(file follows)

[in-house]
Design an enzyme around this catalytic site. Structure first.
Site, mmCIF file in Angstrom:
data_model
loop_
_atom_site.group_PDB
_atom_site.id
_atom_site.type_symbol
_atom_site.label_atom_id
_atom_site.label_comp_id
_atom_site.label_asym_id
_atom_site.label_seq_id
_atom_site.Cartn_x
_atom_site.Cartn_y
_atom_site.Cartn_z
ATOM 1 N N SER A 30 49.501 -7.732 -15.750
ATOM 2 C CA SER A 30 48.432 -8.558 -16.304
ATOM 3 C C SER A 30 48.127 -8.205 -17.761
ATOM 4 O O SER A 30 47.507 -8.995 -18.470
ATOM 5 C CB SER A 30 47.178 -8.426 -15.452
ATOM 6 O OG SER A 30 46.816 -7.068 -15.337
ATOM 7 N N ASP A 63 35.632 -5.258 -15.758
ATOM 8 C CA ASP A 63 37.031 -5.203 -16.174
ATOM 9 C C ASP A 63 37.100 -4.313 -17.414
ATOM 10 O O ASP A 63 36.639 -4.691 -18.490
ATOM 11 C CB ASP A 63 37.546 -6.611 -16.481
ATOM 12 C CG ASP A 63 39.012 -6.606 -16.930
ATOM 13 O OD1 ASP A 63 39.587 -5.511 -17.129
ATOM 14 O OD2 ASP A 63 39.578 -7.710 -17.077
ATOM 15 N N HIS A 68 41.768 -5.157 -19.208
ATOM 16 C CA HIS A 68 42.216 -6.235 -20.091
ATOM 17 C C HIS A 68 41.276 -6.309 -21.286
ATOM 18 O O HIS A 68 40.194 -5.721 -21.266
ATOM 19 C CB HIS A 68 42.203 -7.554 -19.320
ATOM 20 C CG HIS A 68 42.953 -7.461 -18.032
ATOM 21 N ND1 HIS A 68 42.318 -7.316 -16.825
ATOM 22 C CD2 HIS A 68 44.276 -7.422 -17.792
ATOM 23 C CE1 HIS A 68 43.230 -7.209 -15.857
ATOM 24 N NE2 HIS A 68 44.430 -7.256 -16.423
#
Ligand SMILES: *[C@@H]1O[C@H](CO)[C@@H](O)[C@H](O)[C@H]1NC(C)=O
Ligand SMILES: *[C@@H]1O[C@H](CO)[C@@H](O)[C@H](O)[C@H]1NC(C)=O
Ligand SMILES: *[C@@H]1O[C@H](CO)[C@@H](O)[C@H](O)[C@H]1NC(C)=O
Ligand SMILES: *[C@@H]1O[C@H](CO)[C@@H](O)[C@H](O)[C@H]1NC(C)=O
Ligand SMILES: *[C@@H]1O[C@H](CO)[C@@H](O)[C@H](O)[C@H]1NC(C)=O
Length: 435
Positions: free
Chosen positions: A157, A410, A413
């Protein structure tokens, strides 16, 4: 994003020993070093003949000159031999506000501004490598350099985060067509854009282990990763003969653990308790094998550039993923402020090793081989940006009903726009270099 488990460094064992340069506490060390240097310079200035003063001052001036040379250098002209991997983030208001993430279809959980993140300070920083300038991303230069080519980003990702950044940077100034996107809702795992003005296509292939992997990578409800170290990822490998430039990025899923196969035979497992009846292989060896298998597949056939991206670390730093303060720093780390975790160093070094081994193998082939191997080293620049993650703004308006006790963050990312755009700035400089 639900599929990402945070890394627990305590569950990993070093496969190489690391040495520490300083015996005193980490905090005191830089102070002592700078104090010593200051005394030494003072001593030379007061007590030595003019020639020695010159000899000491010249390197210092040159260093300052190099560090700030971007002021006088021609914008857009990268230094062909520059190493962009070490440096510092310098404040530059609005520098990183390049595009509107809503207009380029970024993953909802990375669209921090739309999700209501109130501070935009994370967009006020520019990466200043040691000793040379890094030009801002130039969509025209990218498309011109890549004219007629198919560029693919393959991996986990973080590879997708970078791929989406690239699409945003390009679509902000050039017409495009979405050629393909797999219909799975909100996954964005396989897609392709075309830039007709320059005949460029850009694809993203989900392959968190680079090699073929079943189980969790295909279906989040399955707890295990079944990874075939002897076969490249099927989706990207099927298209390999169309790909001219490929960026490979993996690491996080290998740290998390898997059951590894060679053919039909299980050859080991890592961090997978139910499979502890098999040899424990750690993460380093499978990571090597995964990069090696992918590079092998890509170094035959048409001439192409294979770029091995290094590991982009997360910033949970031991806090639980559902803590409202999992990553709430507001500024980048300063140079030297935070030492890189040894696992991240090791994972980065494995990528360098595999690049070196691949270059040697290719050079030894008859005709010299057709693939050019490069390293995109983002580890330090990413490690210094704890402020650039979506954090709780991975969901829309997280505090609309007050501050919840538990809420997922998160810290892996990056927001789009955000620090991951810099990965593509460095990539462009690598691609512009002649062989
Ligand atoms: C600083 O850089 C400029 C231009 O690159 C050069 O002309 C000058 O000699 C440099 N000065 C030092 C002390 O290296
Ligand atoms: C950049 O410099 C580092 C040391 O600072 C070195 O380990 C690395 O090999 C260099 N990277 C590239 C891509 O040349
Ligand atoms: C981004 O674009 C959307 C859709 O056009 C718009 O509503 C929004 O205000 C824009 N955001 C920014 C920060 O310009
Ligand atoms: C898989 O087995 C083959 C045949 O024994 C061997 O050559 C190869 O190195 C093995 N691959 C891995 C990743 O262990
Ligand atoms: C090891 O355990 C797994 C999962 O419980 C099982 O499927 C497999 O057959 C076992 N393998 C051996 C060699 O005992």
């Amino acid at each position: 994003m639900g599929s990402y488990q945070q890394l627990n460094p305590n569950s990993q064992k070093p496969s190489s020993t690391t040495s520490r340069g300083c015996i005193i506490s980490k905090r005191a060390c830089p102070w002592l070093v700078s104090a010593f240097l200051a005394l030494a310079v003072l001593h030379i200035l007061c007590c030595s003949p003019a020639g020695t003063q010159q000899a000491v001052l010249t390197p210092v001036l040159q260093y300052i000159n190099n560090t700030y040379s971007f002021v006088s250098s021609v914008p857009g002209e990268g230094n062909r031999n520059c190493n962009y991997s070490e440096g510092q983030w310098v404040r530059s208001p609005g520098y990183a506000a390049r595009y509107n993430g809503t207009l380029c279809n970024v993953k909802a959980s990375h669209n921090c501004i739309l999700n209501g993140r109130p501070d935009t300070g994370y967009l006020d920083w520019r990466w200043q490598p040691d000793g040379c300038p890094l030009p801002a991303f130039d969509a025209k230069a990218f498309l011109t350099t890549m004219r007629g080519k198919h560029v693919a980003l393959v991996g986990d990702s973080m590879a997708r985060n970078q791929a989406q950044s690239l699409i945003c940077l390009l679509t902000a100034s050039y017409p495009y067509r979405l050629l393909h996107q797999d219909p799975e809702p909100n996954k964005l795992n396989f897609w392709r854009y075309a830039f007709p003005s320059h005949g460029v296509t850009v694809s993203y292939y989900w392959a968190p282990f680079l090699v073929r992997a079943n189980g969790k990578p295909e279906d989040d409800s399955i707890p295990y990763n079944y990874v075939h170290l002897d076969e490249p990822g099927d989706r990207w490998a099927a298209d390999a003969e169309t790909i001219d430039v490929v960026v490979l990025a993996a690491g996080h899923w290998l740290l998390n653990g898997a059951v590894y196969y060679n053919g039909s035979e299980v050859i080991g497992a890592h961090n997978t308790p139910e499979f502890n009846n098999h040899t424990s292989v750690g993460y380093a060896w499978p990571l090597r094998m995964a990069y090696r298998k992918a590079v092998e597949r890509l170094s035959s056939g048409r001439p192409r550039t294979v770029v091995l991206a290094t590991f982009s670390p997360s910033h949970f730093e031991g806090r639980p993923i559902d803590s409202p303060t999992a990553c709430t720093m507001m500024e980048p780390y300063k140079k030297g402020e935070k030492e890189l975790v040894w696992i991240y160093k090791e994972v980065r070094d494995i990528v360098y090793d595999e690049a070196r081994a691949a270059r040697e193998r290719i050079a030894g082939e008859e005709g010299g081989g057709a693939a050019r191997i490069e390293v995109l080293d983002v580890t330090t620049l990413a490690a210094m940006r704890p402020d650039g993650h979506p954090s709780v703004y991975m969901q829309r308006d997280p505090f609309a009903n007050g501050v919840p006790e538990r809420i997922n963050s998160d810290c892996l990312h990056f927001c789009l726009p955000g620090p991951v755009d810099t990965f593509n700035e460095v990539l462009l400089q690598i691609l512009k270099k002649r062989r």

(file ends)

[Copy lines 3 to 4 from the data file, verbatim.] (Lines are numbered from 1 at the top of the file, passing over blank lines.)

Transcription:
Site, mmCIF file in Angstrom:
data_model